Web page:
If you're hitting the spin studio every day, then the chances are that your body is stressing out.
The result is that the body clings to fat (because it's not sure if it's about to experience a period without food) and also muscle.
That means that you're not seeing all the gains you should be from all that hard work.
Laurence Fountain, founder of body transformation gym, Salus London, previously told The Sun that "being in fight or flight mode sends the blood flowing to our extremities – so that we can leap out of perceived danger at any minute".
The problem with that is when we’re like that for too long, our bodies forget about sending blood to the digestive system and our food stops being broken down properly and converted to an alkaline state.
"That means that when acidic food hits your small intestine, it causes high levels of inflammation – cutting off your ability to absorb nutrients," he said.
Nutrient uptake gets lower, inflammation rises and instead of seeing your abs poking through, you end up feeling tired and bloated.
What to do:
Make sure you're taking a proper break in-between sessions. That doesn't mean having a week off in between two mile jogs, but you do need to let your muscles recover properly.
If you're spinning on Monday, maybe spend Tuesday doing some yoga or going for a walk before hitting the spin studio again on Wednesday or Thursday.
You're retaining water
The more carbs you drink, the more water you could be carrying.
Carbs tend to attract water, which can lead to water retention.
If you want to get rid of any water weight, cut down on the carbs and make sure that you're properly hydrated – especially if you are upping your exercise.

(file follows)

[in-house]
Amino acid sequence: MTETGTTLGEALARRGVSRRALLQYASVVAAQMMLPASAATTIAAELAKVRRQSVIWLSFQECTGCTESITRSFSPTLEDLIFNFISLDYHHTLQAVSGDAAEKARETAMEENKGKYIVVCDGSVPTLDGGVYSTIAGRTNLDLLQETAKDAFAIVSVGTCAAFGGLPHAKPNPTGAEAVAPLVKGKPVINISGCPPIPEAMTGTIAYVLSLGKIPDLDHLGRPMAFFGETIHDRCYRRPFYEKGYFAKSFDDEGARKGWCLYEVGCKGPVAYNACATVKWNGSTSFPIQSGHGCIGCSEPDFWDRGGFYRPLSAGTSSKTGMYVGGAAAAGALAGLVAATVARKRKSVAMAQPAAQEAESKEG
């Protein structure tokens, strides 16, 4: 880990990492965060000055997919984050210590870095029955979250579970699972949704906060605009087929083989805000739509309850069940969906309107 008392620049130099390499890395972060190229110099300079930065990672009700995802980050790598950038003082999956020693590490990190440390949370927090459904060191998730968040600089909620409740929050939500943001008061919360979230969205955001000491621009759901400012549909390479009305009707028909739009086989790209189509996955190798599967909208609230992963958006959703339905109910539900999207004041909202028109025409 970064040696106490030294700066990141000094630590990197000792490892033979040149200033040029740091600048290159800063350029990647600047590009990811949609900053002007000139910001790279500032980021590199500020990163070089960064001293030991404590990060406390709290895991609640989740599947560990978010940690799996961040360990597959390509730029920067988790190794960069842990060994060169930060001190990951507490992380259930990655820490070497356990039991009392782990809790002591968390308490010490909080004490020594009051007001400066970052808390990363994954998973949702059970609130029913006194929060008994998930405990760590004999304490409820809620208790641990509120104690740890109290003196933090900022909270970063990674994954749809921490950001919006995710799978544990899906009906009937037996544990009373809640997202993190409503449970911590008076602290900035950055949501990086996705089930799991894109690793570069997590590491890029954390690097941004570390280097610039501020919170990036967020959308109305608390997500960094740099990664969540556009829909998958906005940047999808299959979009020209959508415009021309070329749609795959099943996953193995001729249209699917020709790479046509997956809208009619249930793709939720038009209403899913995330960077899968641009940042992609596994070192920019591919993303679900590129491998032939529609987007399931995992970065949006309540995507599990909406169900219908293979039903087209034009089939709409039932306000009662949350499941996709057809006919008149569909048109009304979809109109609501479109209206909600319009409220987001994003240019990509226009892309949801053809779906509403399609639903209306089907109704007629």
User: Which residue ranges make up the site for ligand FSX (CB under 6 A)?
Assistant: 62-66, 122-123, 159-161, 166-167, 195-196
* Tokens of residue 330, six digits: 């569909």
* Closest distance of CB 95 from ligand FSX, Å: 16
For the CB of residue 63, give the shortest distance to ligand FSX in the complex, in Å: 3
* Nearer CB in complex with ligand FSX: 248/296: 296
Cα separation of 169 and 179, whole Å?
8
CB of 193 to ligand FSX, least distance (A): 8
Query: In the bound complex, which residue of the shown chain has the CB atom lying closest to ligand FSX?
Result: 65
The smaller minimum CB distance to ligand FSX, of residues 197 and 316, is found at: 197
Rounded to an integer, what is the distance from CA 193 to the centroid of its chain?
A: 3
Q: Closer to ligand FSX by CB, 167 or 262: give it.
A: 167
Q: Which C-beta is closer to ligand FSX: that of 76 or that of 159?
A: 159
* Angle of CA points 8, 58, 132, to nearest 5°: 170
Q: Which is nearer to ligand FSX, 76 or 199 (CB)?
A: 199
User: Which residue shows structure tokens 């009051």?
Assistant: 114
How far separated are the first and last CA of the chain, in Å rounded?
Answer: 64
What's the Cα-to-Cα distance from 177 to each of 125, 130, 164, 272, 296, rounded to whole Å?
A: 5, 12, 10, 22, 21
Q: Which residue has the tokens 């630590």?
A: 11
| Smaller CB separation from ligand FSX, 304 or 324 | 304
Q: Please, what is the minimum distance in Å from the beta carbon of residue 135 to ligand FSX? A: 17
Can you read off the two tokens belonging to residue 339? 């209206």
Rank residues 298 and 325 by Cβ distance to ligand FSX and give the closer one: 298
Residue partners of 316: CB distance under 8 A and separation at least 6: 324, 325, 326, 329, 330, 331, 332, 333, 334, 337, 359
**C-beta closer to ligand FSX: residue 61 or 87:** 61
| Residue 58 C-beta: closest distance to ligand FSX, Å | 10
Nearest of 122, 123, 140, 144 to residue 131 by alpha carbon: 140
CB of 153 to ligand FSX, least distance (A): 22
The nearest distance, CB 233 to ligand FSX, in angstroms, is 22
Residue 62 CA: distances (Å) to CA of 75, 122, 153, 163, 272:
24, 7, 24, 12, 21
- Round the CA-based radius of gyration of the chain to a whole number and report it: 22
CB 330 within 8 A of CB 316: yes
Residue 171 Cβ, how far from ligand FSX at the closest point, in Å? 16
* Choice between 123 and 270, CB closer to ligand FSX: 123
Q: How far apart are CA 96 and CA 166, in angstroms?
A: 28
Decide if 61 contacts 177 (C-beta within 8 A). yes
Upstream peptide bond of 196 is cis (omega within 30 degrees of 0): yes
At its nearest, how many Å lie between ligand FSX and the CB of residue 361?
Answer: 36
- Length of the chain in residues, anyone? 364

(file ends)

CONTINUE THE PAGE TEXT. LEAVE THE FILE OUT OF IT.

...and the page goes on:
What to do:
Choose your carbs wisely. Go for whole grains and veg, rather than sugary foods.
Throw some weight
The key to getting fit is to have an almost daily exercise regime that boasts both cardio and weights.
Weight training – even if it's just using your own body weight – is fantastic for fat burning because it increases your metabolism by causing micro-tears in your muscles.
They need to be repaired and that healing process requires energy, which is why your body continues to burn calories after you've done a brutal weights session.
What to do:
If you're serious about burning fat and getting stronger (which can help you to live longer!), make sure you add a couple of strength sessions into your week – even if it's only spending 15 minutes doing a basic body-weight circuit at home, with pushups, planks and squats.
But that's not to say that you shouldn't be doing cardio
When it comes to general health, scientists have recently found that there's no such thing as "too much" cardio – so you really need to make sure that you are doing it.
If you're looking to shed some extra pounds, you just need to be watchful about your overall routine.
Running alone isn't going to help you slim down if you're not prepared to do anything about your diet or regime.
But scientists from the Cleveland Clinic in Ohio have also found that there's no upper limit for aerobic fitness – particularly as you age.
"Extremely high aerobic fitness was associated with the greatest survival and was associated with benefit in older patients and those with hypertension," scientists said.
"Aerobic fitness is something that most patients can control. And we found in our study there is no limit to how much exercise is too much […] Everyone should be encouraged to achieve and maintain high fitness levels."
So yes, cardio might not turn you into a super-svelte Sally overnight, but it might just keep you alive longer.
And for the very vast majority of us, just being active should be our goal – it's far more important to reap those cardiovascular benefits than it is to be thin,